"In a new home community, if you need to sell within a year or two, you are competing against the other homes that are still being built and can be customized," Fitzgerald says. "Buyers will choose a brand-new home rather than a 1-year-old home, especially if the builder can offer incentives that a regular seller cannot."
One other downside is the potential for living in the midst of a construction site for several years, particularly if the builder has slowed development due to the recession.
When to buy a new home
Realtors agree that the best values for a new home are available when the development is nearly complete.
"In years past, buyers wanted to get in early to take advantage of preconstruction pricing and a better location within the community, but now buyers want to get in late, so if you have to sell you won't be competing with newer homes in the development," says Kruse.
Ristine says buyers should be cautious about buying before a community is near completion, because some builders are so financially strapped that they cannot complete their developments.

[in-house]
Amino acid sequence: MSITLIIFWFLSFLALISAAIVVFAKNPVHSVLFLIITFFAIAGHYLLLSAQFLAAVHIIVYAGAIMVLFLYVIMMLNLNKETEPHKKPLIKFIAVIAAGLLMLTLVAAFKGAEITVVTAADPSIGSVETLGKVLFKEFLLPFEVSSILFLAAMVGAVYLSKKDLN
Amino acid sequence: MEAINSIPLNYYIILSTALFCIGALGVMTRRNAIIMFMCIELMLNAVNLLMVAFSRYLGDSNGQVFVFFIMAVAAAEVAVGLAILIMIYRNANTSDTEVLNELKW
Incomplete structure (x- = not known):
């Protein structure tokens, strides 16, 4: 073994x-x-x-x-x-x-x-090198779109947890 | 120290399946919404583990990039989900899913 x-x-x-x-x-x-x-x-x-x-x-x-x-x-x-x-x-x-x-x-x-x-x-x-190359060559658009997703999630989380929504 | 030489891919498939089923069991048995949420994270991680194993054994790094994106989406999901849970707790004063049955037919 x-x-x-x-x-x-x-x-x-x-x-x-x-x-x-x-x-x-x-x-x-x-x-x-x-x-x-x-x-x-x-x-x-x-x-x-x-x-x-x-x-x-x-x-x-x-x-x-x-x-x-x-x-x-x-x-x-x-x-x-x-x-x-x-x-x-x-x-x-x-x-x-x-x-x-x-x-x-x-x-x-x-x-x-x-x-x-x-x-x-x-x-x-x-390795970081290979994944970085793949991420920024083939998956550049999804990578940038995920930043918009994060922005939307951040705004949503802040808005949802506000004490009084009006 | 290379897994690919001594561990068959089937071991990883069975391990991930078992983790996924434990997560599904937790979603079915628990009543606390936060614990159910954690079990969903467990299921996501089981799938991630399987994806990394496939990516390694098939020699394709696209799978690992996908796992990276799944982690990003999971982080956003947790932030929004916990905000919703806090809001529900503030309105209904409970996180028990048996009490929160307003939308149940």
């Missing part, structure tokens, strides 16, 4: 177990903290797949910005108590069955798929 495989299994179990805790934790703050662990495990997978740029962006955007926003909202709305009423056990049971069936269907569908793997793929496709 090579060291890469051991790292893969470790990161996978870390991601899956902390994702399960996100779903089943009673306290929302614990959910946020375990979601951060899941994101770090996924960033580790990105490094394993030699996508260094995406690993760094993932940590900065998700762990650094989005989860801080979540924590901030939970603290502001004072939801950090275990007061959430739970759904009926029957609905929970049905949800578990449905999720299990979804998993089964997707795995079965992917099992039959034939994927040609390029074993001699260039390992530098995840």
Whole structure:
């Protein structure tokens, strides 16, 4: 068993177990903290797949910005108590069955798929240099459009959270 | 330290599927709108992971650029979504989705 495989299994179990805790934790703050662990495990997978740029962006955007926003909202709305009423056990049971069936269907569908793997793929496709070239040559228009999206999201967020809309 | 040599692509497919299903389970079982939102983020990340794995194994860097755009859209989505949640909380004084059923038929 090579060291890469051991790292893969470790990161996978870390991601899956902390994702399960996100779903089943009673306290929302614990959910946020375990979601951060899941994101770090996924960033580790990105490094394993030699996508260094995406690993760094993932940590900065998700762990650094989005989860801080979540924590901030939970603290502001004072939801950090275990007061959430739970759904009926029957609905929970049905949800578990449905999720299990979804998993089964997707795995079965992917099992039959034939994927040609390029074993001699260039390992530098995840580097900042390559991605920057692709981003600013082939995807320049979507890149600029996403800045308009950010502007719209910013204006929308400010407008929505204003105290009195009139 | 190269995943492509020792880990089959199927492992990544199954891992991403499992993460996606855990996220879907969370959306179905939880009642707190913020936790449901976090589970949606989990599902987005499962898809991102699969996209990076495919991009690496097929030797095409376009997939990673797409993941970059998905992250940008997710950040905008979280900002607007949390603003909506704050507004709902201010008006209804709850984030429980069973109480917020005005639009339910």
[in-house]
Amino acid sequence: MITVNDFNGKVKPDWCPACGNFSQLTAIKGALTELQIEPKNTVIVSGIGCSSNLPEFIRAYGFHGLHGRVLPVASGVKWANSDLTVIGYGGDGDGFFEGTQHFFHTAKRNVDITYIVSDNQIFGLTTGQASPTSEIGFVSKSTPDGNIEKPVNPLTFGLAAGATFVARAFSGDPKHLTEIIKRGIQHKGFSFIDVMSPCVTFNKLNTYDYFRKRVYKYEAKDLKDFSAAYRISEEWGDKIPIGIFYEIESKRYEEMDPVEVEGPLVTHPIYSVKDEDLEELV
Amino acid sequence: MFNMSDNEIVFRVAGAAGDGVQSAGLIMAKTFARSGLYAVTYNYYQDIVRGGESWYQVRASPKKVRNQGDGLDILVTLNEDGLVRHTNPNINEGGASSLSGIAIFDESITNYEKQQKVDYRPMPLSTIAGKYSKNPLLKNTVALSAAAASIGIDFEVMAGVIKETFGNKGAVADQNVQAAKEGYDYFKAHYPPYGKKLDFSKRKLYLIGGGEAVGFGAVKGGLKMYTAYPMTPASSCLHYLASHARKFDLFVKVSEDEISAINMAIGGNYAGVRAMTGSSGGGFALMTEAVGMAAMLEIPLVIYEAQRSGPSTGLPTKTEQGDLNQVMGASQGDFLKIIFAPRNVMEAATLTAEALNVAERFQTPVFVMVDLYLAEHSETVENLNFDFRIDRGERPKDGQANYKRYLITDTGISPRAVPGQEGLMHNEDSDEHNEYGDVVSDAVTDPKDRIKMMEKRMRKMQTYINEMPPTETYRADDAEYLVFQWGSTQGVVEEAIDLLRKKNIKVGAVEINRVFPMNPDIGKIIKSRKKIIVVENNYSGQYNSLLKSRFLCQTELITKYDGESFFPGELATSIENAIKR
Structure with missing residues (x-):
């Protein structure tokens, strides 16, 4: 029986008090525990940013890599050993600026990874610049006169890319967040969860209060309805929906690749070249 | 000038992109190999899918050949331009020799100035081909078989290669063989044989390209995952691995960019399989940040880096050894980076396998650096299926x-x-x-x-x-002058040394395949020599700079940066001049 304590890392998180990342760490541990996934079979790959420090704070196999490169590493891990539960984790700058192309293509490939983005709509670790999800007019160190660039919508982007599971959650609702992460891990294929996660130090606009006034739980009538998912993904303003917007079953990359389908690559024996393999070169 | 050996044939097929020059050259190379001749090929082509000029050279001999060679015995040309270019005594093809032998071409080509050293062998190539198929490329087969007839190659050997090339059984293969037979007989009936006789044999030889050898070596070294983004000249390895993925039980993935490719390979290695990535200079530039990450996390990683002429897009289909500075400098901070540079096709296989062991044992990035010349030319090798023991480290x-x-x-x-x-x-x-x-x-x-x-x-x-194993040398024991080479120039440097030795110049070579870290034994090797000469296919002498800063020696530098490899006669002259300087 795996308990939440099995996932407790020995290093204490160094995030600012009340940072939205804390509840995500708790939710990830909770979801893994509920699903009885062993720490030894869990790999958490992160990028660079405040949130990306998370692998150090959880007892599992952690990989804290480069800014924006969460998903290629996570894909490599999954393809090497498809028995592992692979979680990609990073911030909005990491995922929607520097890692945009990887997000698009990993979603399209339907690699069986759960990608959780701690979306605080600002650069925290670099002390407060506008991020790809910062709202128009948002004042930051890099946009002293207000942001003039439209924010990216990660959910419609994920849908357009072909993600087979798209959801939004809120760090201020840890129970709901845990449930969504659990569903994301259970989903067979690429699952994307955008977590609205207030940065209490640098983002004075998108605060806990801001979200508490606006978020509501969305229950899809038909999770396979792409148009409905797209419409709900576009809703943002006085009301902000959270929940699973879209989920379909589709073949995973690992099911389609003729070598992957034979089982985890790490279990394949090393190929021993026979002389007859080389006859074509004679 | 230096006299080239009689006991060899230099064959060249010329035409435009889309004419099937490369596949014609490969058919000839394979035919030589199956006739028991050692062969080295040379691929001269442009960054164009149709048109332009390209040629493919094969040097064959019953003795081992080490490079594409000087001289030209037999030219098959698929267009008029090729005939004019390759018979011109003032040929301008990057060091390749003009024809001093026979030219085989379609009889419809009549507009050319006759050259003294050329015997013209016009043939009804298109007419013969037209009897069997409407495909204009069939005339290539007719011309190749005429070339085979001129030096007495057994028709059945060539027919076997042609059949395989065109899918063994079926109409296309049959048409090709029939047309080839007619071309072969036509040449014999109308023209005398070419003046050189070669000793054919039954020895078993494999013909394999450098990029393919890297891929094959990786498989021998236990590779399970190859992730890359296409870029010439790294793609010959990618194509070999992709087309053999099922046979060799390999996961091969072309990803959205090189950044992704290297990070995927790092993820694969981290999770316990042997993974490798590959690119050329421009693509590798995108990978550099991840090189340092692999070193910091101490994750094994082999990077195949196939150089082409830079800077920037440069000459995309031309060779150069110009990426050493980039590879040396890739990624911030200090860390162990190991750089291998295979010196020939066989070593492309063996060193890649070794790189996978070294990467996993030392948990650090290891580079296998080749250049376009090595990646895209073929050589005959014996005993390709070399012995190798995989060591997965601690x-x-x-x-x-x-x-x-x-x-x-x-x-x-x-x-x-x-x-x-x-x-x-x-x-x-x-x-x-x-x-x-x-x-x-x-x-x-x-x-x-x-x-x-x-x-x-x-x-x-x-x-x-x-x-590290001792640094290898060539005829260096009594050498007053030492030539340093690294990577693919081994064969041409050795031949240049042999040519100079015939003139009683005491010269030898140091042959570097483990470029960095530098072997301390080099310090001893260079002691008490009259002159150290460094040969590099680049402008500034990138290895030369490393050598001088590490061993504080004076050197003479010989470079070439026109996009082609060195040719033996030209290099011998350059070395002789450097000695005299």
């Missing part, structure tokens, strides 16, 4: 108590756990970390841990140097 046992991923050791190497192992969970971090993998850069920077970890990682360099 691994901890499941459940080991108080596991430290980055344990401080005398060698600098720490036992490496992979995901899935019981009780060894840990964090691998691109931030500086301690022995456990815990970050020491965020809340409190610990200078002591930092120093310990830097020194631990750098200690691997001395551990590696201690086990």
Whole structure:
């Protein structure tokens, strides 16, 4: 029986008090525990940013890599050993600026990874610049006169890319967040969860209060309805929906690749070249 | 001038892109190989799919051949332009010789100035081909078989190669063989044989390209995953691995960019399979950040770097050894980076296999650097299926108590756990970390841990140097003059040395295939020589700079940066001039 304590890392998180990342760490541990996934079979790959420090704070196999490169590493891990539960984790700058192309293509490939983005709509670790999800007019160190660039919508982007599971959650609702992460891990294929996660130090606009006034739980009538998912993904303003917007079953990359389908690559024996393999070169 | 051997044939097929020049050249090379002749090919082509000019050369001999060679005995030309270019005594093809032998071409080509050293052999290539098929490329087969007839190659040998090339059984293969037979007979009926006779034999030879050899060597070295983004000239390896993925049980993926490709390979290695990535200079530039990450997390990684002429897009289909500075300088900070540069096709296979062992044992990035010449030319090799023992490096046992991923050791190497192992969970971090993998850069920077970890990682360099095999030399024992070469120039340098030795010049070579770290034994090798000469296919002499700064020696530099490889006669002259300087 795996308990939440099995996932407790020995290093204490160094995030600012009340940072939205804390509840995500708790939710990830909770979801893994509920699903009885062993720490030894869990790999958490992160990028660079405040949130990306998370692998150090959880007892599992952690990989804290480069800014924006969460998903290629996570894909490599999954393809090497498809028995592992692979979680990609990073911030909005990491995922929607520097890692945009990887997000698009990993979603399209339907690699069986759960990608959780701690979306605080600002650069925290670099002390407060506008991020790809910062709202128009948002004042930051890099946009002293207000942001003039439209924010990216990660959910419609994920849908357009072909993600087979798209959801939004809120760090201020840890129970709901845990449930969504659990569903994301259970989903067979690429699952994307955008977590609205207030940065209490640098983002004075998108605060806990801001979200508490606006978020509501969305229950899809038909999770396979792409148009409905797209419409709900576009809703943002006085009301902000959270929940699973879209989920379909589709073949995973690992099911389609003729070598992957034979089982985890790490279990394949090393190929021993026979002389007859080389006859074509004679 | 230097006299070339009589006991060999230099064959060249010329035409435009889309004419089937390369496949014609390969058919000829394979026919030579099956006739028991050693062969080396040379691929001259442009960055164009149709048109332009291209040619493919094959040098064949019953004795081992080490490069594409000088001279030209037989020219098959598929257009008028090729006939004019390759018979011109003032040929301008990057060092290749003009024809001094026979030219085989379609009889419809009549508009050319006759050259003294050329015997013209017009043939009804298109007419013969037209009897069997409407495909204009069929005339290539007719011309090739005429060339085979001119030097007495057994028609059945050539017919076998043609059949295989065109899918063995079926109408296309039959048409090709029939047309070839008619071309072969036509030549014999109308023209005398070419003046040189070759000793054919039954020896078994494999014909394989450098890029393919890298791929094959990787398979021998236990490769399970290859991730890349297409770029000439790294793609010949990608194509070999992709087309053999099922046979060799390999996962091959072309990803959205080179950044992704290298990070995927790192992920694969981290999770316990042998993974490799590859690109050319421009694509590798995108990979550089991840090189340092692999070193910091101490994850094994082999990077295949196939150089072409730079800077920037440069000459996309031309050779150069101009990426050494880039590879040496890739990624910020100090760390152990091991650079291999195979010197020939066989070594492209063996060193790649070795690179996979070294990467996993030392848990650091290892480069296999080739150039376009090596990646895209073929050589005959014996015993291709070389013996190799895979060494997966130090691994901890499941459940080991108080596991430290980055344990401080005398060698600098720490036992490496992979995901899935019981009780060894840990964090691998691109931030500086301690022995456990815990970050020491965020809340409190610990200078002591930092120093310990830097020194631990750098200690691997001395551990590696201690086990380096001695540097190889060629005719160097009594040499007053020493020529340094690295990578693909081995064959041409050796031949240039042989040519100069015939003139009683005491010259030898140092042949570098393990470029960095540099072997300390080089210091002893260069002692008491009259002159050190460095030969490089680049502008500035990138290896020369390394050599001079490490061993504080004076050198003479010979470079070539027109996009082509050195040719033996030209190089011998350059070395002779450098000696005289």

"The biggest advantage of existing homes is the maturity of the community," Kruse says. Buyers can take a historical perspective and look at how well the homes have held their value. Plus, buyers willing to purchase a fixer-upper can more easily increase the value of their property than someone with a new home.
Fitzgerald says that buying in an established community allows homeowners to know more about the schools and neighbors before they buy.
Long-term value in new and existing homes
For most homebuyers today, the biggest concern is whether the property will hold its value. Fitzgerald says, "In 10 years, a new home purchased today is likely to have more value simply because you own a newer home designed to meet today's standards. A new community will have newer amenities, too, including schools and shopping areas."
Kruse and Ristine believe long-term value depends more on location than the age of the property.
"Value depends on where a home is located and how well the home has been maintained," says Ristine. "People do like new things, but if a home has been upgraded with a new kitchen and bath it can compete very well with a new home."
Ultimately, the decision to buy a new or existing home comes down to which a buyer values more: a maintenance-free new home or a mature neighborhood.
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